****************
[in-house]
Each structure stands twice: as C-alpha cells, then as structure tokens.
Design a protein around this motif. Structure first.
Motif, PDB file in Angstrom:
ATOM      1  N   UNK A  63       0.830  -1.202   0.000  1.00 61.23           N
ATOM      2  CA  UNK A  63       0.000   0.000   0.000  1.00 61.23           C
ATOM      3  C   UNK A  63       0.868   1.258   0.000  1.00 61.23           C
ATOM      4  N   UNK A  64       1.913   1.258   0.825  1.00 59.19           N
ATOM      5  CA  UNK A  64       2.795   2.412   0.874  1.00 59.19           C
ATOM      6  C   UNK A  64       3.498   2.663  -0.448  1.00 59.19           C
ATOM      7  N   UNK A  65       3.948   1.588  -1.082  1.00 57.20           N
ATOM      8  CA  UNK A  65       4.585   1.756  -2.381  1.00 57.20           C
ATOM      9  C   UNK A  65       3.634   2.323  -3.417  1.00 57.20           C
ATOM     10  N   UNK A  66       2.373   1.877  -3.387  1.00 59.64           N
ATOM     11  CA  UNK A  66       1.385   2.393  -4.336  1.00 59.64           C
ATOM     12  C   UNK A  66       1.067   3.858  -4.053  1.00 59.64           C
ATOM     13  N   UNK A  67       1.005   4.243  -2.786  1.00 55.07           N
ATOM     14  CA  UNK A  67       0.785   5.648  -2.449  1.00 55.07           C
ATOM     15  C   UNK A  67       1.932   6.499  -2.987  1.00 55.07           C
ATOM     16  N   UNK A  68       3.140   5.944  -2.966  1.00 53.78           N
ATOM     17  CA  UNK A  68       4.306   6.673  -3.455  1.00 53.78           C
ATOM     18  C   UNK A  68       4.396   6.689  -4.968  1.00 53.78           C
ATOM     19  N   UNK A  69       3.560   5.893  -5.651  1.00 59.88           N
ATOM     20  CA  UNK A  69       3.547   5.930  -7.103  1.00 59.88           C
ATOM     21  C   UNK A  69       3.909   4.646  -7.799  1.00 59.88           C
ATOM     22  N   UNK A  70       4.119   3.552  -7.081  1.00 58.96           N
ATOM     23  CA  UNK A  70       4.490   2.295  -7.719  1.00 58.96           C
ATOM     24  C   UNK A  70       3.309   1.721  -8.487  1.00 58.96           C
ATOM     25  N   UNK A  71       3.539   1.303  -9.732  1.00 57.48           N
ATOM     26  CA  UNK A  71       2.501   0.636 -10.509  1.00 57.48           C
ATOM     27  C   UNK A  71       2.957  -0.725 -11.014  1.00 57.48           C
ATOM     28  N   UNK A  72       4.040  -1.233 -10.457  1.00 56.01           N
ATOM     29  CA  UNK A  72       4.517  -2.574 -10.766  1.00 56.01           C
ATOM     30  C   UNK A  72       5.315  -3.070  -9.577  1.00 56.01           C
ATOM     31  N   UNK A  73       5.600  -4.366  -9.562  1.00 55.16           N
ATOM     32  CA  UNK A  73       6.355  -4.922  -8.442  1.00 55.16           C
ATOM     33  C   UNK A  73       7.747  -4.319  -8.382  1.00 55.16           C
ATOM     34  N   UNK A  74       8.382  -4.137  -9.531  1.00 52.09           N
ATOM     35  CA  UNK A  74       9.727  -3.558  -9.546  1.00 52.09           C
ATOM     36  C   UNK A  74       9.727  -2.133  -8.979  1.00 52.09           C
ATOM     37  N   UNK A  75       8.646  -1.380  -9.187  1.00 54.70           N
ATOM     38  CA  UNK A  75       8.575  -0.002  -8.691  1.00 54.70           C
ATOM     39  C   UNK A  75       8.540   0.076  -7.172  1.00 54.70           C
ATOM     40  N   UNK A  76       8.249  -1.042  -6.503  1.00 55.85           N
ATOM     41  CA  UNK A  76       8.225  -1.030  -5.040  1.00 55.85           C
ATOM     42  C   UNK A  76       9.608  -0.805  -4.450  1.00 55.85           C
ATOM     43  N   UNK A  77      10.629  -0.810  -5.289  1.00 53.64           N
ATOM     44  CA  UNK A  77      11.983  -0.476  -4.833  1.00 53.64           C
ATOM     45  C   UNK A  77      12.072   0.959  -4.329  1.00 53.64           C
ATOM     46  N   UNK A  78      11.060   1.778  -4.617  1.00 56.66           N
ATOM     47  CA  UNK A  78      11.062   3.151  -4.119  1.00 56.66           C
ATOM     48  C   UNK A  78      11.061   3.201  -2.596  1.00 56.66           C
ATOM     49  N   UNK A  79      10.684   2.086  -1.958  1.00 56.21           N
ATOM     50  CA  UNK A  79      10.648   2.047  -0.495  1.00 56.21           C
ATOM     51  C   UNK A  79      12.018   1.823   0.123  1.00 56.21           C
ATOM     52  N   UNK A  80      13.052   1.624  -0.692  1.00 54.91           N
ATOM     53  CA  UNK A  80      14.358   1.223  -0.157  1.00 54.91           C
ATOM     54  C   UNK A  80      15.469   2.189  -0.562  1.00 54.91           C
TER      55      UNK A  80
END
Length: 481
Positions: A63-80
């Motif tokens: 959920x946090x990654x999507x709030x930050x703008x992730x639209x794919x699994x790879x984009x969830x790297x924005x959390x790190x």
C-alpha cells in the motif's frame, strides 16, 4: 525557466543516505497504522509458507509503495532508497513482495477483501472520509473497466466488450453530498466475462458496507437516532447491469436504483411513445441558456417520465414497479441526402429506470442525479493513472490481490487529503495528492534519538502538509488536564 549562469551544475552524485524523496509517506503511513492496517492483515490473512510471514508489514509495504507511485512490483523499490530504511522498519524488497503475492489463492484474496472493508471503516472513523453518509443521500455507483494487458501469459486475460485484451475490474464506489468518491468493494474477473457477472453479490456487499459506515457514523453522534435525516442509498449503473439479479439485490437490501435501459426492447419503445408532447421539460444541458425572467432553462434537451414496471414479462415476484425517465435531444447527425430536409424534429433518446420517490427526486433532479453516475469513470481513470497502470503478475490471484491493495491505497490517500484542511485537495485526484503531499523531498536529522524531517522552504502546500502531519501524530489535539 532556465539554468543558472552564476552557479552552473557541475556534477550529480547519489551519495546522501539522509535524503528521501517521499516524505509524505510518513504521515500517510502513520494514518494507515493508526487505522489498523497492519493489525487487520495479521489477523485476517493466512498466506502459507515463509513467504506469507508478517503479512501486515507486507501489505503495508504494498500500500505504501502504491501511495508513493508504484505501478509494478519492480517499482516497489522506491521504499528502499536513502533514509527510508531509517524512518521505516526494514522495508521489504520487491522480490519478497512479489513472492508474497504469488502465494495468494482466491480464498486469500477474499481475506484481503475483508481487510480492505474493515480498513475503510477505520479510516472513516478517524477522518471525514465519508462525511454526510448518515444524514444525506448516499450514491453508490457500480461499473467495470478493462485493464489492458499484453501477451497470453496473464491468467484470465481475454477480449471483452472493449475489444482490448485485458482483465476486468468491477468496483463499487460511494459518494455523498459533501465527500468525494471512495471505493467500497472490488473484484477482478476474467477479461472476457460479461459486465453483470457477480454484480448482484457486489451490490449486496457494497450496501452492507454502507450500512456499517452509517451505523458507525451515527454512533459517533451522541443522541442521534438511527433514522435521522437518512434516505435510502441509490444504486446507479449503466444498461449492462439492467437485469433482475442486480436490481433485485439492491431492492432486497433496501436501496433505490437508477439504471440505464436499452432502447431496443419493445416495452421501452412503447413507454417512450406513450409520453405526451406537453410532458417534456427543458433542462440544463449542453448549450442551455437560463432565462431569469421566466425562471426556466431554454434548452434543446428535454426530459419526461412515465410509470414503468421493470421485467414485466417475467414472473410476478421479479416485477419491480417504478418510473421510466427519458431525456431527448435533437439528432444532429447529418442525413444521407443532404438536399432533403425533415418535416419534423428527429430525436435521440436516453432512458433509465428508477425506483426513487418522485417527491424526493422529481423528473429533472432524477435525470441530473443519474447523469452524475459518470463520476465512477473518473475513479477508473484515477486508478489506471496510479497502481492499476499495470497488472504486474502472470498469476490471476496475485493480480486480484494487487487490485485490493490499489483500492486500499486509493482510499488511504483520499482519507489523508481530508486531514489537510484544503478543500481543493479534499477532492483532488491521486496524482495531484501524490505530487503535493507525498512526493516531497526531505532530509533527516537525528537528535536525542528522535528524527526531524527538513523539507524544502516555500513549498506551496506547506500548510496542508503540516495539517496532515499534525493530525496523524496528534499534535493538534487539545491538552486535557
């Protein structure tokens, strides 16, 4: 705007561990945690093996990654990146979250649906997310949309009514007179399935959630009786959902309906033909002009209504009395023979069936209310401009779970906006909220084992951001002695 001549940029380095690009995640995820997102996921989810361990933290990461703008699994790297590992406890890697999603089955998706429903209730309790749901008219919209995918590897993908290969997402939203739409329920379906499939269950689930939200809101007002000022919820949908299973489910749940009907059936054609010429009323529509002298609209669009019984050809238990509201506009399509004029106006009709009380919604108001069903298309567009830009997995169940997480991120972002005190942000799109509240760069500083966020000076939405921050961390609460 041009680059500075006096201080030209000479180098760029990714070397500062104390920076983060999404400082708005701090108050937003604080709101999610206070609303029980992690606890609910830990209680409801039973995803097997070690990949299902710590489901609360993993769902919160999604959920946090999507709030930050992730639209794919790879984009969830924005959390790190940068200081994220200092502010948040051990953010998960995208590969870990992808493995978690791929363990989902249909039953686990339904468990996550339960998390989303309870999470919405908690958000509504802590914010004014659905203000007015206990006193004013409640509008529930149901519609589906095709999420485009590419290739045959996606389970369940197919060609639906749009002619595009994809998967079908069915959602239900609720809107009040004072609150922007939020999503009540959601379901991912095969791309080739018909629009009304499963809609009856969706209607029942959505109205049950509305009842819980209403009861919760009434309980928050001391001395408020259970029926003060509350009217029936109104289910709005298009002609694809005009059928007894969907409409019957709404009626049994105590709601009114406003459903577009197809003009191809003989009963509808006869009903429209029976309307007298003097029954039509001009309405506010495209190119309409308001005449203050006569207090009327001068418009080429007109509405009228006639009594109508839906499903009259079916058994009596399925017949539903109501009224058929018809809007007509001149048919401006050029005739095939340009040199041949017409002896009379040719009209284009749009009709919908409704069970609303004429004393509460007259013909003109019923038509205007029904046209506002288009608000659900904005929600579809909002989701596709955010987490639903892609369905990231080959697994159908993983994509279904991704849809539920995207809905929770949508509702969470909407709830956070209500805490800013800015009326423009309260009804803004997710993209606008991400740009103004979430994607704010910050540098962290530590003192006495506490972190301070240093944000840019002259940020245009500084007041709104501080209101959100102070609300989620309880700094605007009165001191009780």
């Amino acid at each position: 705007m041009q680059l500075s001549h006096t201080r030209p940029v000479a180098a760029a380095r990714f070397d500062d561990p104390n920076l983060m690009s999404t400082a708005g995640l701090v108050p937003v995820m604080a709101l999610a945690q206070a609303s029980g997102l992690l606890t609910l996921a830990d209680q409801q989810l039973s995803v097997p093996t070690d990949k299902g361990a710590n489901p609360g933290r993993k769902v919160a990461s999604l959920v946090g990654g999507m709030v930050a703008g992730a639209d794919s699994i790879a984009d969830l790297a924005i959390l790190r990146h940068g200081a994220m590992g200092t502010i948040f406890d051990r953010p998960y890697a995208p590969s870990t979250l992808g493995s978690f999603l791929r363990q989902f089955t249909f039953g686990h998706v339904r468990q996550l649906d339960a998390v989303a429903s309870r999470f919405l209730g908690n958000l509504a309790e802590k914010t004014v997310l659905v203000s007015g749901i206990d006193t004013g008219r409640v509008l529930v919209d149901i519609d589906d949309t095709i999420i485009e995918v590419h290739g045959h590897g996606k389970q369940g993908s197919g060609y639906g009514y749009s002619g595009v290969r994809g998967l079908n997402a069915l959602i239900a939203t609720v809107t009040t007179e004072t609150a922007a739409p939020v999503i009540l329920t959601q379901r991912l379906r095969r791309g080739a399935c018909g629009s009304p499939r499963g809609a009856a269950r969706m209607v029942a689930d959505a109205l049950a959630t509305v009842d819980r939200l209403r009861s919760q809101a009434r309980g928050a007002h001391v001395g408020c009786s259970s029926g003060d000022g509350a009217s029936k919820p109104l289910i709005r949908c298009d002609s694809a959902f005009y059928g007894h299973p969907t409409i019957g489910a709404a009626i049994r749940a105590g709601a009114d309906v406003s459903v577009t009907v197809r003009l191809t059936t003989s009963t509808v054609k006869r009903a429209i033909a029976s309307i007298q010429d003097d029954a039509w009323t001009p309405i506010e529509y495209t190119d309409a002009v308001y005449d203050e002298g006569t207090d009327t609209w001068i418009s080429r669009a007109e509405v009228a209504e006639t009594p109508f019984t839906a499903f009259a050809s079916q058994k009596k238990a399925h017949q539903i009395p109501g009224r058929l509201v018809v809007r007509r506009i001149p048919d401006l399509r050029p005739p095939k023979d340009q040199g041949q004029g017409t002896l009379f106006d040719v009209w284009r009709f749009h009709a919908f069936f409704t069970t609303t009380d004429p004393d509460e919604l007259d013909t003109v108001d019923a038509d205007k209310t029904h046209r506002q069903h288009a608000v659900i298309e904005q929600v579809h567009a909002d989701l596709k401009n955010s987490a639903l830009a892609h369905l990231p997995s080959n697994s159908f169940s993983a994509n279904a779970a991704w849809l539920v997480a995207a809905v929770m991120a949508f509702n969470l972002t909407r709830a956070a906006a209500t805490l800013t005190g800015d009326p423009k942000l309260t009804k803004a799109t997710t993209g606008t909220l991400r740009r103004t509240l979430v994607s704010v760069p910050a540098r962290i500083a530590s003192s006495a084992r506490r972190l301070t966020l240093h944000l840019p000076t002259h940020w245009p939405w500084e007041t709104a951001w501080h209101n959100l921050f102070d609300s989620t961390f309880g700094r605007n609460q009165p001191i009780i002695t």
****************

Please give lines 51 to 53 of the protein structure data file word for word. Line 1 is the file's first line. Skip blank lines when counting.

ATOM     47  CA  UNK A  78      11.062   3.151  -4.119  1.00 56.66           C
ATOM     48  C   UNK A  78      11.061   3.201  -2.596  1.00 56.66           C
ATOM     49  N   UNK A  79      10.684   2.086  -1.958  1.00 56.21           N